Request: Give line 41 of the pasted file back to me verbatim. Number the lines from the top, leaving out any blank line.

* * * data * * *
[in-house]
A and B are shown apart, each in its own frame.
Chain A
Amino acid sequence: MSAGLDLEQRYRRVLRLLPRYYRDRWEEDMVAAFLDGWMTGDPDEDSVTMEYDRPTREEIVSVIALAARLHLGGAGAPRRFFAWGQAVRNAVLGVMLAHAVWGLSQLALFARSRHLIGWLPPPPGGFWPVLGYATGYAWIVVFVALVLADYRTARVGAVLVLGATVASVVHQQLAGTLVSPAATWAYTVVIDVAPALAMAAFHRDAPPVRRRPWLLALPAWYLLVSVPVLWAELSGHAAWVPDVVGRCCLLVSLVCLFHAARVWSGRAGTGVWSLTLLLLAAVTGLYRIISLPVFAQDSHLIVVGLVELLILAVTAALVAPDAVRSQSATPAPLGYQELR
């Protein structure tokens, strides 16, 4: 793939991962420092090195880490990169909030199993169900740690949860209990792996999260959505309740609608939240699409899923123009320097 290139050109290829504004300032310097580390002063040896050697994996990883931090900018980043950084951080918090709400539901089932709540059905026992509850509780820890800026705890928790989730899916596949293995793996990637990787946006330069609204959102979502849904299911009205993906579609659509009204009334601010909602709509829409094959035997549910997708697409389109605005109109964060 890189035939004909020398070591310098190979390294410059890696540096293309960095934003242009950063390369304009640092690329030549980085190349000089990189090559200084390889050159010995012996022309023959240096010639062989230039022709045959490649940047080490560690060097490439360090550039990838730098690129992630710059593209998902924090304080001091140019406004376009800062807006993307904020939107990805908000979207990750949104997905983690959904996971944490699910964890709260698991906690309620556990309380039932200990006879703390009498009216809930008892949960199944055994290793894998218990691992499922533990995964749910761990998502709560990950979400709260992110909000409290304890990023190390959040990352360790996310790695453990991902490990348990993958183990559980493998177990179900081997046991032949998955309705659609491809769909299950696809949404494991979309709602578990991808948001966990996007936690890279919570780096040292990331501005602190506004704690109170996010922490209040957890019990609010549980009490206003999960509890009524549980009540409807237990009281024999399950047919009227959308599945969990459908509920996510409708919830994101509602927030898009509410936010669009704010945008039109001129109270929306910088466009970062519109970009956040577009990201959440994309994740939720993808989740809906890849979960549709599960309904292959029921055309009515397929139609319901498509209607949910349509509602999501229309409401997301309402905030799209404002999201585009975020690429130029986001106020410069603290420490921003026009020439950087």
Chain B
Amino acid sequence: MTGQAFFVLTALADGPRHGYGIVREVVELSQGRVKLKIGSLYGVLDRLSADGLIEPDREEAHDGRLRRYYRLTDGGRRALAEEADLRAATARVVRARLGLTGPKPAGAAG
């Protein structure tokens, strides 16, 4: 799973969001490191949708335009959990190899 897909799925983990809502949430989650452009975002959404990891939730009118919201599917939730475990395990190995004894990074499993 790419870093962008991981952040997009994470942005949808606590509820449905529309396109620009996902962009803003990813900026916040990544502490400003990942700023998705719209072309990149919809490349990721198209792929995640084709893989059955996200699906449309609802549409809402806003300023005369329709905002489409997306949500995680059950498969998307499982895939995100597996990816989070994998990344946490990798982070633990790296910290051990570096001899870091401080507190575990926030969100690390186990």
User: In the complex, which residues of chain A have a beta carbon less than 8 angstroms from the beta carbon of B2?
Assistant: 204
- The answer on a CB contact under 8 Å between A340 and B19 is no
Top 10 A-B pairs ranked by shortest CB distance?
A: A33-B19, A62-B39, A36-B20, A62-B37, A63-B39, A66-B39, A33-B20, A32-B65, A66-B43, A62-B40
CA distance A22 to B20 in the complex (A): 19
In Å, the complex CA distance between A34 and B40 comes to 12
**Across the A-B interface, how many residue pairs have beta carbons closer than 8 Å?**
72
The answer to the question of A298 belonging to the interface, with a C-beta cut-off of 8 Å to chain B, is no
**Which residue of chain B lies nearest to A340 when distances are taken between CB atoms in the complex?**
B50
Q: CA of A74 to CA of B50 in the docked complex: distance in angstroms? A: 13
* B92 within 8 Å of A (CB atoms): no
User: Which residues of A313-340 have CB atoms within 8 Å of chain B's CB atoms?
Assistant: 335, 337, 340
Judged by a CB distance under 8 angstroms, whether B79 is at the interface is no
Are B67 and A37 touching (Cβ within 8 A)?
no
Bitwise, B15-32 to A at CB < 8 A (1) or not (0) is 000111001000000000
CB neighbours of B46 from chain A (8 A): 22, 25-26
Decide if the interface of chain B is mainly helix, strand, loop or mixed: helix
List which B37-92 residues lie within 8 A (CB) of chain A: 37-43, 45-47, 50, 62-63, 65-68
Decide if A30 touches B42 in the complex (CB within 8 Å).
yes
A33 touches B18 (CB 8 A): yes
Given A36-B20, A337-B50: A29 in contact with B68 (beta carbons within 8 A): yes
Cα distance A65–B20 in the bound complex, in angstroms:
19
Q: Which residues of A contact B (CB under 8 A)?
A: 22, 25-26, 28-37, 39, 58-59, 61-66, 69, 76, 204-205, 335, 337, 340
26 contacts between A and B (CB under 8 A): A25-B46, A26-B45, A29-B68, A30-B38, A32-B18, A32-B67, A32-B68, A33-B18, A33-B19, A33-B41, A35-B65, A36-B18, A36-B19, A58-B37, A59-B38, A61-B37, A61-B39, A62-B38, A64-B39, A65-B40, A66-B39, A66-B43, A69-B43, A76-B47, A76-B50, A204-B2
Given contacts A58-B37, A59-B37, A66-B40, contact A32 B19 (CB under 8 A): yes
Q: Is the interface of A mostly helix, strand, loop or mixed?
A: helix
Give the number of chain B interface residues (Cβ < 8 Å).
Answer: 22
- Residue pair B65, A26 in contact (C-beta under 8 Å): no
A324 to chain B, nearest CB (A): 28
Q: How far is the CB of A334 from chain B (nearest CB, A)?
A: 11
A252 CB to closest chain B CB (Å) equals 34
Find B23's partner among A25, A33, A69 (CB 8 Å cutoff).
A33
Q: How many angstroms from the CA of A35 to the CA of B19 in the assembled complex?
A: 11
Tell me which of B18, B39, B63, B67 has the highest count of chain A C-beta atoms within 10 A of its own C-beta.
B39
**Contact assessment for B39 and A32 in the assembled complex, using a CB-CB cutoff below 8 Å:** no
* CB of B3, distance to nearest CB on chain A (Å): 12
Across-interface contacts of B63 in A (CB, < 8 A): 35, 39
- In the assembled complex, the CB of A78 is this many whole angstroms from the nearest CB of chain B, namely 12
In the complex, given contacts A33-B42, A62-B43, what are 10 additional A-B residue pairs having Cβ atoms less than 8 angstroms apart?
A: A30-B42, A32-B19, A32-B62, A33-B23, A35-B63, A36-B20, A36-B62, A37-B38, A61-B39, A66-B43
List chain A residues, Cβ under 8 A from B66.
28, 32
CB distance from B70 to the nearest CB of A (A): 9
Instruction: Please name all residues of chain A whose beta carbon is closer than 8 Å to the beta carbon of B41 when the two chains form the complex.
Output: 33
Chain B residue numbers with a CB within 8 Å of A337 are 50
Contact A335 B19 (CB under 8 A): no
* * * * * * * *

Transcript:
Given contacts A58-B37, A59-B37, A66-B40, contact A32 B19 (CB under 8 A): yes